In Electrical terms, the purpose of an earthing/grounding system is to provide a safe path for the dissipation/flow of Fault Current (an unplanned release of energy), lightning strike, static discharge, EMI (ElectroMagnetic Interference), and control the resulting surface voltage(s) in order to provide safety of the personnel and machinery. These points enforce the importance of the earthing design in any high voltage (HV) project.
According to BS EN 50522-2010, Earth is defined as … “The conductive mass whose electric potential at any point is conventionally taken as zero.” Thus, an earth/ground system can be defined as … “A conductor or group of conductors in intimate contact with, and providing an electrical contact to earth.”
Soil Resistivity Testing
Soil Resistivity measurements are a critical foundational piece in the jigsaw of safe earthing system design. The results form the basis of all safety calculations. Therefore, it’s of capital importance to get the highest level of accuracy practical as many of the subsequent values of EPR (earth potential rise) and surface voltages are directly proportional to Soil Resistivity.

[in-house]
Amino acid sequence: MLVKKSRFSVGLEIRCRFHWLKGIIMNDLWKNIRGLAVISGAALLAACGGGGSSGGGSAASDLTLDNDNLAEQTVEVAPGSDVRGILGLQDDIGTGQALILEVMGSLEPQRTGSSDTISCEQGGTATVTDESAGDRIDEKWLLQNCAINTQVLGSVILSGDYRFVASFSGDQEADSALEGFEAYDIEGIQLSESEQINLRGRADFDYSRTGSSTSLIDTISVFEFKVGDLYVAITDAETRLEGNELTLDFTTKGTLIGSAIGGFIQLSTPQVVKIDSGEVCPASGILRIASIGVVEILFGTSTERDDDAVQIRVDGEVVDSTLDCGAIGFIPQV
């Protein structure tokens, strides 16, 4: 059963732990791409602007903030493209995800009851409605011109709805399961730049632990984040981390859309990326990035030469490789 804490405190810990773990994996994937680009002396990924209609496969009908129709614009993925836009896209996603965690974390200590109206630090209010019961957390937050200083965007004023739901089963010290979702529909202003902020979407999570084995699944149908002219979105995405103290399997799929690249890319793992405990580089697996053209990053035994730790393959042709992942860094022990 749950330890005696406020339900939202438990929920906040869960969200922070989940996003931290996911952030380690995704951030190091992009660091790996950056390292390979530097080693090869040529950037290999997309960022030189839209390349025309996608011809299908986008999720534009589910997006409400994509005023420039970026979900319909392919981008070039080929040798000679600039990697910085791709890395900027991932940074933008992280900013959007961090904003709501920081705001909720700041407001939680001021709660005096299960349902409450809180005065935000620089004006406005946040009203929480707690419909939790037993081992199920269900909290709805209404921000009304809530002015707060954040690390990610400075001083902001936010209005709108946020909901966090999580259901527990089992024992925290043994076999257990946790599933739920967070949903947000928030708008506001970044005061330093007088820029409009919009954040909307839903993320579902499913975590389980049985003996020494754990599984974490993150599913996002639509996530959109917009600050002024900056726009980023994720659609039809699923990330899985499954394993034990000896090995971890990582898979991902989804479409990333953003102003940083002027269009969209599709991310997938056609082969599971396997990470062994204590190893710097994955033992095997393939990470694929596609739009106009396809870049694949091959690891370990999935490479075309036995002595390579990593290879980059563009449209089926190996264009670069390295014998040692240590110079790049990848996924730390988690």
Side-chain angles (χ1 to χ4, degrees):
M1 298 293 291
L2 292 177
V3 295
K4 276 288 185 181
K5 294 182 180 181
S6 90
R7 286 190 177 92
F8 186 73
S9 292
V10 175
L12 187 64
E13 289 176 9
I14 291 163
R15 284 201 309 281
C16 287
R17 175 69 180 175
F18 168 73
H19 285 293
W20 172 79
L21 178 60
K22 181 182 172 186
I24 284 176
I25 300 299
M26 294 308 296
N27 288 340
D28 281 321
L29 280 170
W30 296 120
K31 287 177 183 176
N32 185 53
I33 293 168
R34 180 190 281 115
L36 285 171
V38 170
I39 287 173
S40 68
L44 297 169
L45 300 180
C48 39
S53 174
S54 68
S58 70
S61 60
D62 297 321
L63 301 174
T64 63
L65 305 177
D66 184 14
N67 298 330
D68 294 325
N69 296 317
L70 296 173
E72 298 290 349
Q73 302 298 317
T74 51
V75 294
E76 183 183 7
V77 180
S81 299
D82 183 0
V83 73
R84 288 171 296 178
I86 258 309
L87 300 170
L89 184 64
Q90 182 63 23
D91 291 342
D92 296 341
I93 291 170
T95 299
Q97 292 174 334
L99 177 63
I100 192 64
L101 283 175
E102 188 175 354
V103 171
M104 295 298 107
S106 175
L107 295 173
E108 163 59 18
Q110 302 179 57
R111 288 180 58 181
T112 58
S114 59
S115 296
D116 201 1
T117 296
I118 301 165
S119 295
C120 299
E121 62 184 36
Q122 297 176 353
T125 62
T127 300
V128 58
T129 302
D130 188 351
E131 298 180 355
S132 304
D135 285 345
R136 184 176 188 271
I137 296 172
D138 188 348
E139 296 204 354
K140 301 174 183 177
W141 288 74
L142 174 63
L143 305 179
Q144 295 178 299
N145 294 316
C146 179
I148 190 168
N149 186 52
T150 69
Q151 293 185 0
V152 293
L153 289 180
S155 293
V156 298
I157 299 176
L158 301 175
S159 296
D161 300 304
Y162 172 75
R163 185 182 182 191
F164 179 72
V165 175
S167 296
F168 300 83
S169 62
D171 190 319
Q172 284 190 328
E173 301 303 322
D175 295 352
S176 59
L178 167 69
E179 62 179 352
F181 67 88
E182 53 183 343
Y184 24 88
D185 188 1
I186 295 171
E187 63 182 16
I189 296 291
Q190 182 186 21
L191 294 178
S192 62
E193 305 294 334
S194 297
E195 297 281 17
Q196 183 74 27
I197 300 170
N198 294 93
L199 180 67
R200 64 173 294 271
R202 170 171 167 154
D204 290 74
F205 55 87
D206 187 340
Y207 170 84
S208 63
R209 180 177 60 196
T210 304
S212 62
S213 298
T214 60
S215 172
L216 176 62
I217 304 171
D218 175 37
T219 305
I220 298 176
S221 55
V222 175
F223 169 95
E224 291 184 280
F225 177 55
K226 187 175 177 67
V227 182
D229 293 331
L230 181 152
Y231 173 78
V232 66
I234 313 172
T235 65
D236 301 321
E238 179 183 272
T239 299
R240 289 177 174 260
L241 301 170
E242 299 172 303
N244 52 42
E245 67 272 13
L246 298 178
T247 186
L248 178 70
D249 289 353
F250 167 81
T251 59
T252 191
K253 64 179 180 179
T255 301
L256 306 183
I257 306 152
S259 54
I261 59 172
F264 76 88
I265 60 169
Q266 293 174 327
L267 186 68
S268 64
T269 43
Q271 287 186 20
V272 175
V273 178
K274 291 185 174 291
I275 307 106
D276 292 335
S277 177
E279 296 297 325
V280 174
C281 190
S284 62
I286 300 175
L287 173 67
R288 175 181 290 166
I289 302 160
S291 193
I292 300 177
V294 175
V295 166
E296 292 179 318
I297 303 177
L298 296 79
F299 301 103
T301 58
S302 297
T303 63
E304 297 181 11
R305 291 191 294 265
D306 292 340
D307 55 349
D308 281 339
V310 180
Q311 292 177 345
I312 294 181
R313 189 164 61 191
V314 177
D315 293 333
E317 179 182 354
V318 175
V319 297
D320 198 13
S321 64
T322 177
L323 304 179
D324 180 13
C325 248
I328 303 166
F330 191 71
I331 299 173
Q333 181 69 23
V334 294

“Definition: a method of subsurface detection which measures changes in conductivity by passing electrical current through ground soils. This is generally a consequence of moisture content, and in this way, buried features can be detected by differential retention of groundwater. (hyperdictionary.com, 2013)
Ground Soil resistivity testing techniques have been used for many years for Geological investigations to locate bodies of water and/or other items of interest. In Electrical Earthing Design, the method is used to characterise the below-grade Soil Structure in terms of its electrical properties.
Why Measure Soil Resistivity?